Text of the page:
Monday, January 19, 2015

True Detective

Judging by the comments and articles on the Internet, it looks like I am not alone in being disappointed by the ending of the first season of Twin Detective.

First a list of what I liked:

- It is beautifully shot and I am not just talking of the famous tracking shot at the end of 4th episode. Whether it is the aerial shots of the swampy landscapes of Louisiana or despair inducing scenes of rural desolation or the shots of the two leads having a conversation in the car, it is all breathtaking. I could actually watch it with sound on mute. It is that good. Adam Arkapaw, the cinematographer, also shot Top of the Lake (other great find for me from last year) which should propel him among the top ranks in the list of contemporary cinematographers, that is if he is not there already. I should also mention the director - Cary Joji Fukunanga for the great attention he paid on the visual elements of the drama, which is actually one of the things that keeps me away from TV dramas (specially sitcoms) because if it is not visually appealing or distinctive it gets boring after a while.

- Brilliant lead performances by both Woody Harrelson and Matthew McConaughney. The show lacked interesting secondary characters (unlike, say, Breaking Bad) but it more than makes up for the attention it pays on the leads.

Now things I didn't like:

- inconsistent writing. In the first few episodes I was actually enthralled by Rust Cohle's monologues about human consciousness and other horrors of human existence. I couldn't believe I was hearing those words on a tv show. I am not familiar with the genre of Weird or American horror fiction but I could easily trace the influence of Nietzsche, Dostoevsky, Cioran and other purveyors of hard and pessimistic existentialism. But everything comes to a nought towards the end of the show with a truly conventional denouement, which will not be out of place in a standard serial killer hollywood movie. If that was not enough we also get a monologue about how "the light is winning against the dark", that too from the mouth of Rust Cohle. May be one should feel grateful that the writers didn't make him beg for mercy to God or turn him into a born again christian. In hindsight all that talk about consciousness, evil and existence became what it was - the kind of talk guys have in their hostel rooms when they are half-drunk.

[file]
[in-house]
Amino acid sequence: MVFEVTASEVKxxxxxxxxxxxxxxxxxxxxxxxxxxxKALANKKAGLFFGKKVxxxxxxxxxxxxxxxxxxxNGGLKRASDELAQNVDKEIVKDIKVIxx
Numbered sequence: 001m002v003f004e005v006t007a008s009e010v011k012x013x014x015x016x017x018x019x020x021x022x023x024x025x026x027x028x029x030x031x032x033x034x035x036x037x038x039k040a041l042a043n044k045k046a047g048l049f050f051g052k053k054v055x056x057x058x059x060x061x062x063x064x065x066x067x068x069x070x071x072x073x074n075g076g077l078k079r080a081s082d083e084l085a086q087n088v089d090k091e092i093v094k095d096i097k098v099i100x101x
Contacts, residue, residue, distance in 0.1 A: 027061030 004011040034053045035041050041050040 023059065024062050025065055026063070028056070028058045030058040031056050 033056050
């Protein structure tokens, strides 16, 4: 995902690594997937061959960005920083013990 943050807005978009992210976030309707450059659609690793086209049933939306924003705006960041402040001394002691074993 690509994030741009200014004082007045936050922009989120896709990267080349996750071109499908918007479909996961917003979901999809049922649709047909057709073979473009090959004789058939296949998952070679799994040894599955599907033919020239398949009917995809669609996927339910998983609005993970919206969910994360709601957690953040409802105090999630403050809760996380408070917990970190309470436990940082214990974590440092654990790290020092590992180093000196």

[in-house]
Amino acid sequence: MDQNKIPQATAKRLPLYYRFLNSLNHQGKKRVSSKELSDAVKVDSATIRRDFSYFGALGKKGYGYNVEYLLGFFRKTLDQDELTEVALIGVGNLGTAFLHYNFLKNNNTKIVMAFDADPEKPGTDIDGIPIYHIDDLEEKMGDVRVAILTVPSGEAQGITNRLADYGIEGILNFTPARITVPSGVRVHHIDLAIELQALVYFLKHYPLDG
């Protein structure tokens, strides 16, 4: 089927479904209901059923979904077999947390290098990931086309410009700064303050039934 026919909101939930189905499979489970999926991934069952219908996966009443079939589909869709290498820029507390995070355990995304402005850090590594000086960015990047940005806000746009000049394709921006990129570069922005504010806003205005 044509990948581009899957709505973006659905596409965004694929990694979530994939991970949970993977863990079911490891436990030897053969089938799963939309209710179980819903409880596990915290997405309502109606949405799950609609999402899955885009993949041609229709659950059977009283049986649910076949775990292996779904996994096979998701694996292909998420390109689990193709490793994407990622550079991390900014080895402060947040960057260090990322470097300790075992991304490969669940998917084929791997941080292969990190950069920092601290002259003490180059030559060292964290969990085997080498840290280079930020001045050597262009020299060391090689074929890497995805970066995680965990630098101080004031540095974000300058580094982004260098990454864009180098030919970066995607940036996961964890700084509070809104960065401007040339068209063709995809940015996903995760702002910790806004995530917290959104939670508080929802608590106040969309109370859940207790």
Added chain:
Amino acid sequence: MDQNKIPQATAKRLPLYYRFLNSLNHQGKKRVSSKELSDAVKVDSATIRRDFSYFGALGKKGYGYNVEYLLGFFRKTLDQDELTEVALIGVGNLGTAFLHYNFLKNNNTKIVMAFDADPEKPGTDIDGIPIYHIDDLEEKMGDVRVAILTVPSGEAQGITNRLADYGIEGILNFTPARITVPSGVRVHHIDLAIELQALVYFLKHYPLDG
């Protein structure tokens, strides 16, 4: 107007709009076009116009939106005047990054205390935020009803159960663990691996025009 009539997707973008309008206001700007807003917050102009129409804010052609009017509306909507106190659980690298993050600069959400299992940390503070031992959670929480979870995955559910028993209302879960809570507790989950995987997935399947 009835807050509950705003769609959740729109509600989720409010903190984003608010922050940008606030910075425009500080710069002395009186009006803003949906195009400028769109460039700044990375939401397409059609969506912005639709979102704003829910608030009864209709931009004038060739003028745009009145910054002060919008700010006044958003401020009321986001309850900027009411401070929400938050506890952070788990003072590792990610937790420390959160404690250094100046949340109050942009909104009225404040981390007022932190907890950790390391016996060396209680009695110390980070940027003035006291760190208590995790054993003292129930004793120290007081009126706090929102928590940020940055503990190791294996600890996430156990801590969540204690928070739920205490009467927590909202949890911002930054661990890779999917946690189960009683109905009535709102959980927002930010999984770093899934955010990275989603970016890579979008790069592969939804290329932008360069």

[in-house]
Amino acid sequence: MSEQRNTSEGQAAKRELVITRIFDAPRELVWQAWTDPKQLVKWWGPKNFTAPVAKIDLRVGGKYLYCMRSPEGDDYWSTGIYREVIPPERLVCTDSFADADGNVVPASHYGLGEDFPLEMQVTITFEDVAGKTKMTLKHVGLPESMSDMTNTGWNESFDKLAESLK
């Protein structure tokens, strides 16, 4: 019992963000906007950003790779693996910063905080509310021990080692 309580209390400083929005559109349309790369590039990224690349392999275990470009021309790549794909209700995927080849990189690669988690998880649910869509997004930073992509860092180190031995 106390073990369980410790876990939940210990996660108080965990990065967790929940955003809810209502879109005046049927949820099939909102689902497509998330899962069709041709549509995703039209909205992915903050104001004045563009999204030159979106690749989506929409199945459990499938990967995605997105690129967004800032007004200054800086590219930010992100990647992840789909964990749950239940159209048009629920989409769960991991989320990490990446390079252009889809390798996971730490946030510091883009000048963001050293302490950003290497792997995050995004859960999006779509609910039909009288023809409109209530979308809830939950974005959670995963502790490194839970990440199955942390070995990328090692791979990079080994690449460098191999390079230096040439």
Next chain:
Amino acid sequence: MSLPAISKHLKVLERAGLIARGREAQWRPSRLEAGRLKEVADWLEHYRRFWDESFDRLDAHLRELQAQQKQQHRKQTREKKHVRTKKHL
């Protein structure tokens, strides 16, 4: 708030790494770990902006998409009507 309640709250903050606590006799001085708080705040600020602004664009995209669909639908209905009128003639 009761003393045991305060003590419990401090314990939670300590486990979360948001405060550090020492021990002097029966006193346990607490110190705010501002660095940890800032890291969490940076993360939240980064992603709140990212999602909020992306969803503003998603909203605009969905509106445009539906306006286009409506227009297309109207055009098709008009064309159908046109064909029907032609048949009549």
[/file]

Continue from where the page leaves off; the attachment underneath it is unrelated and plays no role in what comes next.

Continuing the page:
- comparison with Twin Peaks. At many times while watching the show my thoughts kept going back to Twin Peaks, constantly comparing these two detectives with agent Cooper and sheriff Truman. I was thinking that "the Yellow King" would be someone like "Bob" from Twin Peaks and "Carcosa" like the mysterious woods that surround the town of Twin Peaks both stand-in for some kind of immanent evil in the world at large. Twin Peaks showed that you can catch the murderer but the spirit of evil will always be free, always looking for victims, feeding on the "garmonbozia" of pain and suffering. In this sense it profoundly subverted the genre of detective fiction which is built on the premise that the detective with his power of ratiocination restores the order to the world which was disturbed by some evil act. Thinking like this True Detective felt even more conventional than it really is.

Overall I still feel it is worth watching. It is certainly far more intelligent and interesting than the movies Hollywood continues to make.


No comments:

Post a Comment